Phát âm chuẩn cùng VOA – Anh ngữ đặc biệt: Graffiti sniffer (VOA)

Published on 27/09/2015

Học tiếng Anh hiệu quả, nhanh chóng: http://www.facebook.com/HocTiengAnhVOA, http://www.voatiengviet.com/section/hoc-tieng-anh/2693.html. Nếu không vào được VOA, xin hãy vào http://vn3000.com để vượt tường lửa. Các chương trình học tiếng Anh miễn phí của VOA (VOA Learning English for Vietnamese) có thể giúp bạn cải tiến kỹ năng nghe và phát âm, hiểu rõ cấu trúc ngữ pháp, và sử dụng Anh ngữ một cách chính xác. Xem thêm: http://www.facebook.com/VOATiengViet

Luyện nghe nói và học từ vựng tiếng Anh qua video. Xem các bài học kế tiếp: https://www.youtube.com/playlist?list=PLD7C5CB40C5FF0531

From VOA Learning English, this is the Technology Report. Words or pictures put on public property without permission is called Graffiti. Graffiti writers paint or draw on buildings, trains and buses. Often, they use spray paint from a can. Some graffiti writers even damage statues. Efforts by police to stop them often fail.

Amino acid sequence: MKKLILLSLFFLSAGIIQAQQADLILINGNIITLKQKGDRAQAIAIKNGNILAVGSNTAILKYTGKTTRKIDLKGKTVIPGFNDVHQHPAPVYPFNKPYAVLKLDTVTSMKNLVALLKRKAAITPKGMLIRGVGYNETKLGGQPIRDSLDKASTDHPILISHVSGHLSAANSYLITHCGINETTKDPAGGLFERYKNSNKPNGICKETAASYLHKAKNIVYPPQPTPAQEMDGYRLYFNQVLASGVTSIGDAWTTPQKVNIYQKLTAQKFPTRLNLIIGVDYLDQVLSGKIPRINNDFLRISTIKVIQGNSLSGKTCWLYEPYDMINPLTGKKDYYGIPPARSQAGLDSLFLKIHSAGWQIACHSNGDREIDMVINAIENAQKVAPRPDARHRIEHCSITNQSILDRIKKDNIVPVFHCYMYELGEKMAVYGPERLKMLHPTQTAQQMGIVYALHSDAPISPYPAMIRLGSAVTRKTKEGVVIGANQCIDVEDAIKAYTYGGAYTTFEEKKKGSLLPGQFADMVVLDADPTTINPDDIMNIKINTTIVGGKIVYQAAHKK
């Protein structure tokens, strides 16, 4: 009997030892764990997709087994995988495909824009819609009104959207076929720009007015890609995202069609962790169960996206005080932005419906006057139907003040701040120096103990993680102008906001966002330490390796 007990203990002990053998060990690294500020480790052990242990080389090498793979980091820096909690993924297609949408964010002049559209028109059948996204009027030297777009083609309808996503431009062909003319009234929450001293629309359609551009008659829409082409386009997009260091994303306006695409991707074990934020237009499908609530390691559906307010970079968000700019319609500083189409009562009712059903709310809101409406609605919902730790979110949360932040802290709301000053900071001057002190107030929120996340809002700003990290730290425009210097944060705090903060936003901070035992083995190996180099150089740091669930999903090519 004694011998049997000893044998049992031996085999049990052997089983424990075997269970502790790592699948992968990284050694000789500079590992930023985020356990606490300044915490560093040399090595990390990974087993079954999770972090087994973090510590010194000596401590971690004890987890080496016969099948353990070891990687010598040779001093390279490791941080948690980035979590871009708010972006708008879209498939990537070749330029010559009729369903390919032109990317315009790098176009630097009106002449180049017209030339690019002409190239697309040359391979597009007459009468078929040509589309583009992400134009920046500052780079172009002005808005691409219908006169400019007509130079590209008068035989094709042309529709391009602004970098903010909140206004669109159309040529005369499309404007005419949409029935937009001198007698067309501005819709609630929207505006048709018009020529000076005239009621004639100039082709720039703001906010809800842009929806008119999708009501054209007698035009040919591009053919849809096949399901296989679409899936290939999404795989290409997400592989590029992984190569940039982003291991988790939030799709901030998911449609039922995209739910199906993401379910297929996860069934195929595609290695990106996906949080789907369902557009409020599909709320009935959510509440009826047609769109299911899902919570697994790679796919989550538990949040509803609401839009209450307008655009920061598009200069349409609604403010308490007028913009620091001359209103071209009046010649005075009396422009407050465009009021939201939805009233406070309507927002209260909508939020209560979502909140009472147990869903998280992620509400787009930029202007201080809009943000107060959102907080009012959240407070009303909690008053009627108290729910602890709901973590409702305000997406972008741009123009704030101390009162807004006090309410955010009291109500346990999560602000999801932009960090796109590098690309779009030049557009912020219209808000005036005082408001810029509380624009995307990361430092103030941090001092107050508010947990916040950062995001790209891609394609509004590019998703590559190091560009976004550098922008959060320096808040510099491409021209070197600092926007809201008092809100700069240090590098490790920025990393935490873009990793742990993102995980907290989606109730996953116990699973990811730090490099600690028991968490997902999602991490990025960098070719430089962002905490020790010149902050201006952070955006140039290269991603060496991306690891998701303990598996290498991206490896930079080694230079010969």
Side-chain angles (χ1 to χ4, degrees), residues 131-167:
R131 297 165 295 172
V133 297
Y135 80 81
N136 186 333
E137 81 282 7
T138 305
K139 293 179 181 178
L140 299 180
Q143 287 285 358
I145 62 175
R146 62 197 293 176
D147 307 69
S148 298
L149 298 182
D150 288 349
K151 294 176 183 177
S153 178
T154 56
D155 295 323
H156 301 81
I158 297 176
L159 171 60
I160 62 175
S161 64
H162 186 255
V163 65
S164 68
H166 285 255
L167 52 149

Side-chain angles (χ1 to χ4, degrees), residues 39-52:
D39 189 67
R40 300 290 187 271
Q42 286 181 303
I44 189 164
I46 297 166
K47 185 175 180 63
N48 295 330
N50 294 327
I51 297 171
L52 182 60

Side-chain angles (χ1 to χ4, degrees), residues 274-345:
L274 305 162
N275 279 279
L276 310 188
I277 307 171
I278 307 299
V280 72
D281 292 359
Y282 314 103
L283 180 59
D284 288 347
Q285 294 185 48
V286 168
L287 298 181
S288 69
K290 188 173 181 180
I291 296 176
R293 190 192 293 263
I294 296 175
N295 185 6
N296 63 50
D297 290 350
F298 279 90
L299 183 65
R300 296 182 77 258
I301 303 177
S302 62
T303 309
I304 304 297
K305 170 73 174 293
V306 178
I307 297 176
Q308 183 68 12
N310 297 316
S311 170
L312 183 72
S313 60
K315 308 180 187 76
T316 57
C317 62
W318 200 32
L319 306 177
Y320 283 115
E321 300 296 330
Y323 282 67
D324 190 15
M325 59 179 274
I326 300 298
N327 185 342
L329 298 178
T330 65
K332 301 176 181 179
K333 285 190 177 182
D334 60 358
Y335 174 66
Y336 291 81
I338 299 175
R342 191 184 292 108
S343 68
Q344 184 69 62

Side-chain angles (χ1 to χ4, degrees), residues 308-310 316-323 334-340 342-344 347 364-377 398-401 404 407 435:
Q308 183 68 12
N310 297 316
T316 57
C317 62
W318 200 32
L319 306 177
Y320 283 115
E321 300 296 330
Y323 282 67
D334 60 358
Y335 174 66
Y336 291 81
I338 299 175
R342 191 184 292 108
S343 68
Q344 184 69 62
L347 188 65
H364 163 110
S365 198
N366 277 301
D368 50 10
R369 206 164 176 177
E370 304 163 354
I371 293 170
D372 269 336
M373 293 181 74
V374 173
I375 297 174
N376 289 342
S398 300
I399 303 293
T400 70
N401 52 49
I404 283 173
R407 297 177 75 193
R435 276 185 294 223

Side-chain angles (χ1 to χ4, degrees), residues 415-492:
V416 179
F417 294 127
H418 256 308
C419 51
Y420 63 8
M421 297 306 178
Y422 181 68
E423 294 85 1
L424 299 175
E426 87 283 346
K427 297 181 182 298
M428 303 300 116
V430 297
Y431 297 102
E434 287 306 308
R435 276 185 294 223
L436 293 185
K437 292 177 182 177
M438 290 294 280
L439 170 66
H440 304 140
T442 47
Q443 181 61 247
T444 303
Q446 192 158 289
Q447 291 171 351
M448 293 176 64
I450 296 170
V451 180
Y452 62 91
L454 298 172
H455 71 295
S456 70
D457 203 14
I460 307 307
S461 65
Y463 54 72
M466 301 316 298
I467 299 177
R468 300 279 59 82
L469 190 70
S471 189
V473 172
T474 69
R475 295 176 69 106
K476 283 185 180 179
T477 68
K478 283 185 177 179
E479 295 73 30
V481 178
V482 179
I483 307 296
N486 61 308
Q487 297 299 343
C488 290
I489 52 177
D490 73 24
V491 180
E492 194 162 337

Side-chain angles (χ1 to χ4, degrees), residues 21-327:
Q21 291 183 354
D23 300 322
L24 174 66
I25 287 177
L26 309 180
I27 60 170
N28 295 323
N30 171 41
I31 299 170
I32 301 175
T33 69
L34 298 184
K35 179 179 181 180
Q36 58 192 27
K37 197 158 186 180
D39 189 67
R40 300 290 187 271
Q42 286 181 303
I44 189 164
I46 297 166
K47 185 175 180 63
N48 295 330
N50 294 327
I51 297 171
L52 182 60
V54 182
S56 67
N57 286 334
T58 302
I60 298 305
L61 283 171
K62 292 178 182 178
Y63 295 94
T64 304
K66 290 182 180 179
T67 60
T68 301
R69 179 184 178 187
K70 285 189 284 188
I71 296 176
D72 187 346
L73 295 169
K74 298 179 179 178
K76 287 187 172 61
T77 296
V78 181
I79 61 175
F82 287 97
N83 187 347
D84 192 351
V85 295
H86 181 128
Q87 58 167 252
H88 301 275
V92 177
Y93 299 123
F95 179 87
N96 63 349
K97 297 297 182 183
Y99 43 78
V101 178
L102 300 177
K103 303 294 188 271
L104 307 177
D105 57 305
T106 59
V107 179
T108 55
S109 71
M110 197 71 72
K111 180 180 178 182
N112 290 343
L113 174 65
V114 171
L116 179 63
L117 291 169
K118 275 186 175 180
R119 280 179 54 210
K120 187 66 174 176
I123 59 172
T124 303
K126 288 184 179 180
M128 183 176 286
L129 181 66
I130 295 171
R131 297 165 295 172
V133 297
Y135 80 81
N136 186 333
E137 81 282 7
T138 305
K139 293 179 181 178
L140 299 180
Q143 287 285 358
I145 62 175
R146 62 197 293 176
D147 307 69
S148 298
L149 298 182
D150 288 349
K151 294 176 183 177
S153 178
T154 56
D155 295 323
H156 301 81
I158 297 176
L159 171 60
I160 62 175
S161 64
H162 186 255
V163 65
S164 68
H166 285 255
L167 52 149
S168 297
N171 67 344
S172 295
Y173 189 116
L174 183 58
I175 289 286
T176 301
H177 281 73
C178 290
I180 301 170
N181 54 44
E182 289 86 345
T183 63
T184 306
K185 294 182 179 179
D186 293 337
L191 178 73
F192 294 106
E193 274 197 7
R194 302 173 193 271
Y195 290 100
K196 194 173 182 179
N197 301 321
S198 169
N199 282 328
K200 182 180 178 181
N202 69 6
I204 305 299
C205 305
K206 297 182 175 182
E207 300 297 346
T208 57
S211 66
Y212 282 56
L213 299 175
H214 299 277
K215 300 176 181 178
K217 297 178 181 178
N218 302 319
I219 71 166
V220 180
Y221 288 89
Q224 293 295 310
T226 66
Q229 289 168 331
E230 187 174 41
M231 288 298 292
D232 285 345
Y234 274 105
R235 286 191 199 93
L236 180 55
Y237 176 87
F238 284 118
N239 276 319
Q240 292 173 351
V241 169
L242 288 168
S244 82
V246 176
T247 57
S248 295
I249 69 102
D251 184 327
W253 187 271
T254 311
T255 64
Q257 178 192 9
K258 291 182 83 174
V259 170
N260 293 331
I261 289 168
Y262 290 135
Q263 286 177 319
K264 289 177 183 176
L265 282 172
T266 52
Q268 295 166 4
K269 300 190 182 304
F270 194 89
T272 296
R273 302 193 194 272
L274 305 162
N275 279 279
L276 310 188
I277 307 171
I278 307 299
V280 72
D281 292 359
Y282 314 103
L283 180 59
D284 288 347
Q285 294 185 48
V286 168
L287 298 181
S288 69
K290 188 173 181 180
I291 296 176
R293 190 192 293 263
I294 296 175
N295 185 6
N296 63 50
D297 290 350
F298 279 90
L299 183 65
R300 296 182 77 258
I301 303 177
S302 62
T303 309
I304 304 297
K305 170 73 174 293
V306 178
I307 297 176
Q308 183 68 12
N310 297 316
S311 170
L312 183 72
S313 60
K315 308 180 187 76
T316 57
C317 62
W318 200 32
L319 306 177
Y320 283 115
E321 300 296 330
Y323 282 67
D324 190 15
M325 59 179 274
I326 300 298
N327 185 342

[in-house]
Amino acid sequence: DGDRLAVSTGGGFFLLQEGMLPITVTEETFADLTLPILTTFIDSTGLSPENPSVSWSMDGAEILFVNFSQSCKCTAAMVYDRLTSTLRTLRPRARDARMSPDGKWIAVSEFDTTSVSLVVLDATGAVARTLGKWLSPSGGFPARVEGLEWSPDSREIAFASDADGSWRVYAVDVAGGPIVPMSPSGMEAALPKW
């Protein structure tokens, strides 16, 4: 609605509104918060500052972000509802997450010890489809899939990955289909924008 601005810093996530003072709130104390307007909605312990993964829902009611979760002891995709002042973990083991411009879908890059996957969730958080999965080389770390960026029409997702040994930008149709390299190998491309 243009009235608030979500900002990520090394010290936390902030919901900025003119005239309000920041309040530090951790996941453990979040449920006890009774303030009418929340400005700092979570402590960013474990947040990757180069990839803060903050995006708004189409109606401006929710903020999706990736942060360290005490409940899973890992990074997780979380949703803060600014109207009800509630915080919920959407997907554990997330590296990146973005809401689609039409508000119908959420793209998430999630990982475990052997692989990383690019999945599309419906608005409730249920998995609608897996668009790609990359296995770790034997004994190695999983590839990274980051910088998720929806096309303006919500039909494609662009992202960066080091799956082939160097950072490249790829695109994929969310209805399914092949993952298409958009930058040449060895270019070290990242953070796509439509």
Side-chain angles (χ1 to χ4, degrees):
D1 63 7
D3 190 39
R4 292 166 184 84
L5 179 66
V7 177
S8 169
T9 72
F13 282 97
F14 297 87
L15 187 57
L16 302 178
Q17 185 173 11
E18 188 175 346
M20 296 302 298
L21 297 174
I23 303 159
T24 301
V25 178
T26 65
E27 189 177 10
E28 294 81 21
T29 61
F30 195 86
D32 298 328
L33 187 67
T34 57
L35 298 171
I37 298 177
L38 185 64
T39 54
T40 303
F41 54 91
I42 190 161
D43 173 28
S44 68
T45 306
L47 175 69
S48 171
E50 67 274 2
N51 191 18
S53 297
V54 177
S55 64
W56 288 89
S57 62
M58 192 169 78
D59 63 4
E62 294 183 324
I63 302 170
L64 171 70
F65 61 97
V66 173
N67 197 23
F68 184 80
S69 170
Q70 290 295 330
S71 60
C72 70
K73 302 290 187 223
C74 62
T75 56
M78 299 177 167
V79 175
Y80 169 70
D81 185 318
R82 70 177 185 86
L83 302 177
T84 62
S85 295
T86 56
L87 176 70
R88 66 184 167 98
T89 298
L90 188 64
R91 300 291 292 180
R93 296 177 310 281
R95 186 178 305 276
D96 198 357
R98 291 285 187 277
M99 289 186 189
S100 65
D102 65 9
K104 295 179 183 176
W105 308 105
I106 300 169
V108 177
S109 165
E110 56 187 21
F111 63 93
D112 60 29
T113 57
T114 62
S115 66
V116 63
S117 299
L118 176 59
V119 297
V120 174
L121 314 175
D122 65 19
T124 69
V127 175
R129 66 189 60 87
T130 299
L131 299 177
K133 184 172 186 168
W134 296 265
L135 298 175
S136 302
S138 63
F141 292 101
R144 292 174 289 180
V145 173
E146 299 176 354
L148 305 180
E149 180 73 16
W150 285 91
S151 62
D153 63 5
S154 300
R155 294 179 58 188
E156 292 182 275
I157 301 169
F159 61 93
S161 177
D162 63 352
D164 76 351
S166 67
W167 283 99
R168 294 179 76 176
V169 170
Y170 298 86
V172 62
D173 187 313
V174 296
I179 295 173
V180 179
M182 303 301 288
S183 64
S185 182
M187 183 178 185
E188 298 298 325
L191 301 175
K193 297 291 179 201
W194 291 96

Officials in Australia are using a new technology that recognizes paint and marker pens. Some passenger trains in Sydney are covered in graffiti. Cameras help police officers stop those who illegally write on train cars. But police cannot watch all the cameras. Sydney Trains operates the city’s rail service. Last year it began using a new system with an “electronic nose.” The device is called “Mousetrap.” Developed by the company Technique Risk, Mousetrap can identify gases released by markers and spray paints. Mark Byers founded the company. He says when the device recognizes the smell of graffiti, it sends a message to an alarm and camera. It tells officials the train number, the location of the act, and where the train is going. The sensor is hidden in the train’s wall, so writers cannot disable it. Police guard the trains and train stations, sometimes looking like regular people. They can quickly react when Mousetrap tells them someone is painting on the walls. Howard Collins heads Sydney Trains. He says Mousetrap has worked so well that most trains are now free of graffiti. He says it cost about $500,000 to put the system in place. But he says that is not a lot of money compared to the $34 million Sydney Trains spent last year to remove graffiti.

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